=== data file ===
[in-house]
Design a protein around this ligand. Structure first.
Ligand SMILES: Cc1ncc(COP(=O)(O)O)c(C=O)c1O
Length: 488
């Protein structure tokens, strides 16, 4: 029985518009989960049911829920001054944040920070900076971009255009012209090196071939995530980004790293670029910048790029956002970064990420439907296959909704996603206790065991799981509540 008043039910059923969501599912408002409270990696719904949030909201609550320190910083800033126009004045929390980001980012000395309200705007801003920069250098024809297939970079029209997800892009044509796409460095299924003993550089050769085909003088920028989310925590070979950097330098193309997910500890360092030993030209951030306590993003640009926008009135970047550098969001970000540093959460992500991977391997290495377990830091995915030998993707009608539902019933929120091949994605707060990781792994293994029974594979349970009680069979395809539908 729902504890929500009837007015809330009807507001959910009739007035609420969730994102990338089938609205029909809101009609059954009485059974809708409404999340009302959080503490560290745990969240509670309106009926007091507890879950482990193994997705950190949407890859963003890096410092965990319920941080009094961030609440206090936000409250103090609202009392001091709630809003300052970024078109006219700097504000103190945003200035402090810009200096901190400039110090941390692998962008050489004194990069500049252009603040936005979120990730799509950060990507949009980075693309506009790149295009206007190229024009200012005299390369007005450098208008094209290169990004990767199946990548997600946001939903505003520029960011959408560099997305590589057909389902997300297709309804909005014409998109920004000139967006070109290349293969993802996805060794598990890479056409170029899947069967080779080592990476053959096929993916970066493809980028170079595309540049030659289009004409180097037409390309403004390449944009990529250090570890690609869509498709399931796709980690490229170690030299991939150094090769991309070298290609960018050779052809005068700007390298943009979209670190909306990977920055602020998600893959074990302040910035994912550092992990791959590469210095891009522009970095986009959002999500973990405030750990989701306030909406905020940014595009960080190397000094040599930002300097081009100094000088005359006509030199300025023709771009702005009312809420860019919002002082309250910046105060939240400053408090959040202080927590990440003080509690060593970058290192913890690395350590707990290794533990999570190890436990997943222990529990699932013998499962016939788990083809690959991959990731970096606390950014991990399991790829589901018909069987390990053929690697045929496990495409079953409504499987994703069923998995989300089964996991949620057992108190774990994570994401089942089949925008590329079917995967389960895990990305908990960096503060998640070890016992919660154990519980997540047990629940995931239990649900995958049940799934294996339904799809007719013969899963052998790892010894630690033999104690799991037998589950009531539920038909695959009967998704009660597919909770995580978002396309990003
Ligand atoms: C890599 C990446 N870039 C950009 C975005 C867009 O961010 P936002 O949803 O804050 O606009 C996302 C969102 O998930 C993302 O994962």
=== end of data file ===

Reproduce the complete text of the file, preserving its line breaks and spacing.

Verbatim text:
[in-house]
Design a protein around this ligand. Structure first.
Ligand SMILES: Cc1ncc(COP(=O)(O)O)c(C=O)c1O
Length: 488
């Protein structure tokens, strides 16, 4: 029985518009989960049911829920001054944040920070900076971009255009012209090196071939995530980004790293670029910048790029956002970064990420439907296959909704996603206790065991799981509540 008043039910059923969501599912408002409270990696719904949030909201609550320190910083800033126009004045929390980001980012000395309200705007801003920069250098024809297939970079029209997800892009044509796409460095299924003993550089050769085909003088920028989310925590070979950097330098193309997910500890360092030993030209951030306590993003640009926008009135970047550098969001970000540093959460992500991977391997290495377990830091995915030998993707009608539902019933929120091949994605707060990781792994293994029974594979349970009680069979395809539908 729902504890929500009837007015809330009807507001959910009739007035609420969730994102990338089938609205029909809101009609059954009485059974809708409404999340009302959080503490560290745990969240509670309106009926007091507890879950482990193994997705950190949407890859963003890096410092965990319920941080009094961030609440206090936000409250103090609202009392001091709630809003300052970024078109006219700097504000103190945003200035402090810009200096901190400039110090941390692998962008050489004194990069500049252009603040936005979120990730799509950060990507949009980075693309506009790149295009206007190229024009200012005299390369007005450098208008094209290169990004990767199946990548997600946001939903505003520029960011959408560099997305590589057909389902997300297709309804909005014409998109920004000139967006070109290349293969993802996805060794598990890479056409170029899947069967080779080592990476053959096929993916970066493809980028170079595309540049030659289009004409180097037409390309403004390449944009990529250090570890690609869509498709399931796709980690490229170690030299991939150094090769991309070298290609960018050779052809005068700007390298943009979209670190909306990977920055602020998600893959074990302040910035994912550092992990791959590469210095891009522009970095986009959002999500973990405030750990989701306030909406905020940014595009960080190397000094040599930002300097081009100094000088005359006509030199300025023709771009702005009312809420860019919002002082309250910046105060939240400053408090959040202080927590990440003080509690060593970058290192913890690395350590707990290794533990999570190890436990997943222990529990699932013998499962016939788990083809690959991959990731970096606390950014991990399991790829589901018909069987390990053929690697045929496990495409079953409504499987994703069923998995989300089964996991949620057992108190774990994570994401089942089949925008590329079917995967389960895990990305908990960096503060998640070890016992919660154990519980997540047990629940995931239990649900995958049940799934294996339904799809007719013969899963052998790892010894630690033999104690799991037998589950009531539920038909695959009967998704009660597919909770995580978002396309990003
Ligand atoms: C890599 C990446 N870039 C950009 C975005 C867009 O961010 P936002 O949803 O804050 O606009 C996302 C969102 O998930 C993302 O994962």